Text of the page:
His vision gave birth to Bellarmine’s first doctoral programs and graduate programs in fields like education and social change, analytics, physical therapy and digital media, as well as a reinvigorated liberal-arts undergraduate academic core to form an exemplar of today’s cutting-edge higher education. The fruit of his labors includes the thousands of Bellarmine alumni recognized in this region and beyond as uniquely qualified to excel as citizens and leaders. 

Similarly, Dr. McGowan displayed a passion for architecture. Remaking Bellarmine’s hilly campus in the style of his beloved Tuscany (birthplace of school namesake St. Roberto Bellarmino), Bellarmine today is a vibrant archetype of the 21st century college campus. The Siena residential complex – widely acclaimed as one of the nation’s most beautiful, the Bellarmine Farm – a working demonstration garden and orchard, Our Lady of the Woods Chapel and the new hilltop Centro are just a few of the projects that routinely drop jaws among alumni and friends who visit after a time away.  The newly erected St. Robert’s Gate at the school’s main entrance on Newburg Road is a beautiful archway that is emblematic of the University’s culture of hospitality, and its welcoming of new people and new ideas.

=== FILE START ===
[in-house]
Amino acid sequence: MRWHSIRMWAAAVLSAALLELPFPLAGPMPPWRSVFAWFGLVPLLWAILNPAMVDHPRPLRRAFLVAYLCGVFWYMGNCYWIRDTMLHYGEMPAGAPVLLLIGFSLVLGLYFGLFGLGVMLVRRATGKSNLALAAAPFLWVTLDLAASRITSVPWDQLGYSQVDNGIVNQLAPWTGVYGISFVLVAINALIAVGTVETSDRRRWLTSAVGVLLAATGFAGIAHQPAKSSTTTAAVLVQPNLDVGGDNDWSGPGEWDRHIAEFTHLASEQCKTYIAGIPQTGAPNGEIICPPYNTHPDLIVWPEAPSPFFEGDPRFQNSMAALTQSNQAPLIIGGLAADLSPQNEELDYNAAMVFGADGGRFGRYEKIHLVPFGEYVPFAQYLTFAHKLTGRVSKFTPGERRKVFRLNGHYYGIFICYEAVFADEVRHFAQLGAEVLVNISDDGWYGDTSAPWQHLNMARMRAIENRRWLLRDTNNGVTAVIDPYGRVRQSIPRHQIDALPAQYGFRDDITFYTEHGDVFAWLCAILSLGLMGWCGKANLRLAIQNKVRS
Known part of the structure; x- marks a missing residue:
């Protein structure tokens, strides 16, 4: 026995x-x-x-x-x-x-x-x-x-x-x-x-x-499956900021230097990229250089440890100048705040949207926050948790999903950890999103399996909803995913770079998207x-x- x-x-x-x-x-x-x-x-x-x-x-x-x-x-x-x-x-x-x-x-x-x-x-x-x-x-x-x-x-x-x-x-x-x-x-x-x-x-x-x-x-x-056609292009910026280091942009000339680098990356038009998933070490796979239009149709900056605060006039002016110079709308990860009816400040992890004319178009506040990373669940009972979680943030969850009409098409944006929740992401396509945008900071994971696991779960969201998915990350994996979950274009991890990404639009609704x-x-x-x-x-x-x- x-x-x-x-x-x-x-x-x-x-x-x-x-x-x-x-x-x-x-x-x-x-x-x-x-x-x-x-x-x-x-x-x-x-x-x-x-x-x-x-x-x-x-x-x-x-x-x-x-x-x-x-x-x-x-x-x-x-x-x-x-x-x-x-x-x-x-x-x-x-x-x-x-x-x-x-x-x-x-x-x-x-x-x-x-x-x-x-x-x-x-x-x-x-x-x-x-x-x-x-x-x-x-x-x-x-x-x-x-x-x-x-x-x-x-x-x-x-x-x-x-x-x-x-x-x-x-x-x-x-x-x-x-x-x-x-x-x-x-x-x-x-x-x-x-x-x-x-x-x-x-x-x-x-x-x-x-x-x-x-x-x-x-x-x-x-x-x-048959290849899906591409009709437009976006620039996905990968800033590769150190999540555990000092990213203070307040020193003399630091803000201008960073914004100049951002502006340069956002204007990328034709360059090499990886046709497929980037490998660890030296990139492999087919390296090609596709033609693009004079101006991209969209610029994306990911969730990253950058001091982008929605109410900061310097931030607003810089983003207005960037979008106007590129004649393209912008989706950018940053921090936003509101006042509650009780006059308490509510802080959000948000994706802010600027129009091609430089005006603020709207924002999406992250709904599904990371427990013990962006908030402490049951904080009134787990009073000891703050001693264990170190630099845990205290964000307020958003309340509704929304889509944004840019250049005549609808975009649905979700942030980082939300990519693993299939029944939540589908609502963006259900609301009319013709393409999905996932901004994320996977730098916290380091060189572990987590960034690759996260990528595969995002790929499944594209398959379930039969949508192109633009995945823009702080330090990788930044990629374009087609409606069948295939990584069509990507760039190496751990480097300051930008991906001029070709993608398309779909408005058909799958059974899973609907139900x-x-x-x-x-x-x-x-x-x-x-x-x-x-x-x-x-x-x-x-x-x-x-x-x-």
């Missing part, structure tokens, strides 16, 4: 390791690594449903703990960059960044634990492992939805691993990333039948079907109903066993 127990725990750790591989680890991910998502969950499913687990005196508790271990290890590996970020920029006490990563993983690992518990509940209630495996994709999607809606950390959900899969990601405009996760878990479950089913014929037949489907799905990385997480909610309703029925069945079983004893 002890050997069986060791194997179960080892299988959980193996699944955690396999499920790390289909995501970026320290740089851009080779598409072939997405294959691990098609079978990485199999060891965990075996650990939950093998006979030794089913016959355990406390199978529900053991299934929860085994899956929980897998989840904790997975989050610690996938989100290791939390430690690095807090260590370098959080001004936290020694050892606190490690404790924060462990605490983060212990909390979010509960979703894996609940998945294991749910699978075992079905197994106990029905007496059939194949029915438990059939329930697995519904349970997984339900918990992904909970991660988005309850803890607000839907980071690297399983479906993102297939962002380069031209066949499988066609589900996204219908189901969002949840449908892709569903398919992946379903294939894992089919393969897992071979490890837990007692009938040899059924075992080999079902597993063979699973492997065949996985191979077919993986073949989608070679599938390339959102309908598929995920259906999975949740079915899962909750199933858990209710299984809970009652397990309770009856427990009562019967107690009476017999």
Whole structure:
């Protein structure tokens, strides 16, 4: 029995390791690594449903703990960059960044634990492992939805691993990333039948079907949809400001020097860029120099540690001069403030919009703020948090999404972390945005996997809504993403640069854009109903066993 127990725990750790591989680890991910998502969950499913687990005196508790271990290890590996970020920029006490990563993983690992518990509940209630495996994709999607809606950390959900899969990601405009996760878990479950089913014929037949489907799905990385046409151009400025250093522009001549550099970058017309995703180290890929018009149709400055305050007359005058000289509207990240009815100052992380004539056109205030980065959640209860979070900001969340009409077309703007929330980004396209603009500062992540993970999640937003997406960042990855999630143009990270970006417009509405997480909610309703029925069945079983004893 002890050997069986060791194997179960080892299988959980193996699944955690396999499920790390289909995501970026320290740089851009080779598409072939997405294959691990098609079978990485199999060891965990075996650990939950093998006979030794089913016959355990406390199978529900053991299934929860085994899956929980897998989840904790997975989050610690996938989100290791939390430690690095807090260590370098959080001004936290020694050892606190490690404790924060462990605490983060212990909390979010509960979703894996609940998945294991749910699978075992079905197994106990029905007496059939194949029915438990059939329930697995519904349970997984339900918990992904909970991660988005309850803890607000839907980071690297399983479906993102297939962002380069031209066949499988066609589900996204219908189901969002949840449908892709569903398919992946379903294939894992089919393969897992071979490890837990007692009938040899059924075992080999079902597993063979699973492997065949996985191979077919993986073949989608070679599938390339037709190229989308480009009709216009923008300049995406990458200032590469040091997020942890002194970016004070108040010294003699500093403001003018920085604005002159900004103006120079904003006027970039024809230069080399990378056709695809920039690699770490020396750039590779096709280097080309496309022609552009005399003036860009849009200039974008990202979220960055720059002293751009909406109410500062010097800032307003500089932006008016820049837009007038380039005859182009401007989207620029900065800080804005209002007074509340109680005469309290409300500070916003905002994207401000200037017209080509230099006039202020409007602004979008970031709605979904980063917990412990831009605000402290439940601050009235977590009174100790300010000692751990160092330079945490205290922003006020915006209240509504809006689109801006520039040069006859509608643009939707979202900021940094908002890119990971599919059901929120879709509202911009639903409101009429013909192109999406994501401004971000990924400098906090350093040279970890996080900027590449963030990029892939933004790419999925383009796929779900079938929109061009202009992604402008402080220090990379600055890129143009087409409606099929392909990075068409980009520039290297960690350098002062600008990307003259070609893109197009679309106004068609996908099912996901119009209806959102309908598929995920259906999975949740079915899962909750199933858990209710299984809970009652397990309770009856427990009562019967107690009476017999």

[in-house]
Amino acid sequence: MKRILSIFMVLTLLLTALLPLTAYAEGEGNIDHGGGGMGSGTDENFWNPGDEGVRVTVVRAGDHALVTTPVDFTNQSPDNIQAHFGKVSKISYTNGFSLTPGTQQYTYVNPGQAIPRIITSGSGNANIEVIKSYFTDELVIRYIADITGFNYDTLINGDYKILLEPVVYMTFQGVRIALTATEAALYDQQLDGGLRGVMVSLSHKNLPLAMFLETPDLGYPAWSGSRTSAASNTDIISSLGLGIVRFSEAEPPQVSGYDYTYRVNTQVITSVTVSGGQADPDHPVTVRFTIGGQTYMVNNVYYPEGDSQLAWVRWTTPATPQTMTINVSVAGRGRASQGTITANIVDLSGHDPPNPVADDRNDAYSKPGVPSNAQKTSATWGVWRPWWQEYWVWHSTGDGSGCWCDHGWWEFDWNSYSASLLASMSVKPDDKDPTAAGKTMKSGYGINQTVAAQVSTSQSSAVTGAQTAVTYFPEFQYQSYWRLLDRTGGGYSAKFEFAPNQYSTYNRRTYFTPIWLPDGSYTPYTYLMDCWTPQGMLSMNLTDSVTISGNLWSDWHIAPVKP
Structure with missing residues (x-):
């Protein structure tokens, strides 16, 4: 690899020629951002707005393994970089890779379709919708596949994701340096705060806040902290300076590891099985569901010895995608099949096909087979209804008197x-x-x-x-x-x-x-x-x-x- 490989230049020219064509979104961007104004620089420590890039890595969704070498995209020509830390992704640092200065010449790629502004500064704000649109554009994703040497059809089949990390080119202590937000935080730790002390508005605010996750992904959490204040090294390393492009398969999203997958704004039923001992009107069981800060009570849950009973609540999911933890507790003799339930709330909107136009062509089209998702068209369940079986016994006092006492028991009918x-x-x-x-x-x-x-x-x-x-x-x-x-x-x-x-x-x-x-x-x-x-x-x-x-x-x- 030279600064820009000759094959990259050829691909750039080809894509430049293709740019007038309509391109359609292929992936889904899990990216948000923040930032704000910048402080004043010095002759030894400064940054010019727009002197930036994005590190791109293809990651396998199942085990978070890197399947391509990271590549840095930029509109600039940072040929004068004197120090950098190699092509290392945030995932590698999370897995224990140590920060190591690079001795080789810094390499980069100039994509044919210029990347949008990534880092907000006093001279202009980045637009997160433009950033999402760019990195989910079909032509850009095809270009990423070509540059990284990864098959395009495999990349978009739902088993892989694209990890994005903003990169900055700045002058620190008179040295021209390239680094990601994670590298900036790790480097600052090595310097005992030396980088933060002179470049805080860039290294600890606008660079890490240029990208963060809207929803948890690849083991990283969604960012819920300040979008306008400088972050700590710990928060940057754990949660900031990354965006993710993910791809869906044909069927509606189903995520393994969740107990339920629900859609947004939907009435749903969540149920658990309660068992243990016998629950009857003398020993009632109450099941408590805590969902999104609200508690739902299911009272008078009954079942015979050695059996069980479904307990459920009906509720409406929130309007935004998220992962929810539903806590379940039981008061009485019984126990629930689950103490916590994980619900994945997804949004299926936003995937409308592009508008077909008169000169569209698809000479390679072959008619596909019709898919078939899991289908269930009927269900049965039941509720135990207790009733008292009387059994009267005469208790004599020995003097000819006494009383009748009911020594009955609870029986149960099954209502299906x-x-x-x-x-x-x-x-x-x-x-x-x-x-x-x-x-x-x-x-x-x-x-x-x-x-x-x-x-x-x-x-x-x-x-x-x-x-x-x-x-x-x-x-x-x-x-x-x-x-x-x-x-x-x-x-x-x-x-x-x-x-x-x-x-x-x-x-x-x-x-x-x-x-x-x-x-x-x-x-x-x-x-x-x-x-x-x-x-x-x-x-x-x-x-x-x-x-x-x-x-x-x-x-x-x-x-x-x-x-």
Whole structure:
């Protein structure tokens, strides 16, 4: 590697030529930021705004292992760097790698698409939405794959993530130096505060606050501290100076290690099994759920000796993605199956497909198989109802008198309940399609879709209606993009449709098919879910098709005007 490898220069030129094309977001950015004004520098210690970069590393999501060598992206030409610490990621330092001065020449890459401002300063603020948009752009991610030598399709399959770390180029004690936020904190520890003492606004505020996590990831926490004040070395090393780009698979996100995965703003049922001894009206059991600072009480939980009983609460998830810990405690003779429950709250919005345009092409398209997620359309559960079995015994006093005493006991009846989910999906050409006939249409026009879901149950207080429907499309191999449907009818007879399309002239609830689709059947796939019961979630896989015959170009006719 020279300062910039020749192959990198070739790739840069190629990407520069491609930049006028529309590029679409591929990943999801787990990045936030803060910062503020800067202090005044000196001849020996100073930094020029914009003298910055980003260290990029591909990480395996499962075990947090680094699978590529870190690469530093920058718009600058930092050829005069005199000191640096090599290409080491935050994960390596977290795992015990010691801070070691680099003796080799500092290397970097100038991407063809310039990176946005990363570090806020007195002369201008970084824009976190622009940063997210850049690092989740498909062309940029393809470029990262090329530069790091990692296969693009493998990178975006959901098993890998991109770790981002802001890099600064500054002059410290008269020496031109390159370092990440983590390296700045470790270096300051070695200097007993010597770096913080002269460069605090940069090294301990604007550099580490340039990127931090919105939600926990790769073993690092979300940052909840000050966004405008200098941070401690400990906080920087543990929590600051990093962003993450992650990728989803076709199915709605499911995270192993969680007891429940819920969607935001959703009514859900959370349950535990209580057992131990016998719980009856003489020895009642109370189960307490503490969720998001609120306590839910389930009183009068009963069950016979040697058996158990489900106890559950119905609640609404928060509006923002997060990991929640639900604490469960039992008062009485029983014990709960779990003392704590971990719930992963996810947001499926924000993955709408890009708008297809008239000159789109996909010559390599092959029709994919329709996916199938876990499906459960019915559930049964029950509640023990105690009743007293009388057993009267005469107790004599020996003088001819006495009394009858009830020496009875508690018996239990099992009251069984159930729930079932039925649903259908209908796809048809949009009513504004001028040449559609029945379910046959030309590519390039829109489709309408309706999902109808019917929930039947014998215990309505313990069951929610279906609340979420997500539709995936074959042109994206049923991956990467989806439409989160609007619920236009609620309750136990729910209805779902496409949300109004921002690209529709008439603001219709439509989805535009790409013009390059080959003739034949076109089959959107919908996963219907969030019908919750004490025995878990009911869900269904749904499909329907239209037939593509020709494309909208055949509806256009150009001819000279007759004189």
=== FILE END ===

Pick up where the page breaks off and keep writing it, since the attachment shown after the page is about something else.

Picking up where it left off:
A longtime virtuoso of student-life leadership at Fordham, Dr. McGowan recognized the need to invigorate the quality of residential life at Bellarmine, and he more than tripled the number of students living in residence on campus. Accordingly, Bellarmine was classified as “primarily residential” and has since added 24 intramural sports, as well as NCAA Division I men’s lacrosse, Division II swimming, diving, women’s soccer, golf and track. To the thrill of “Knights Nation,” and Dr. McGowan, the men’s basketball team won the NCAA championship in 2011. 

Under his leadership, the university routinely brought prominent guest lecturers to campus, including Arthur M. Schlesinger, Jr., Ken Burns, Andrea Mitchell, Bob Woodward, Michael Pollan, Billy Collins, Seamus Heaney, Wendell Berry, E.O. Wilson and Isabel Allende. 

Throughout the stunning growth, President McGowan zealously safeguarded Bellarmine’s values, integrity, small class sizes, independent Catholic ideals and respect for all people. Today as always, Bellarmine students and faculty embody the school’s Latin motto, in veritatis amore, in the love of truth.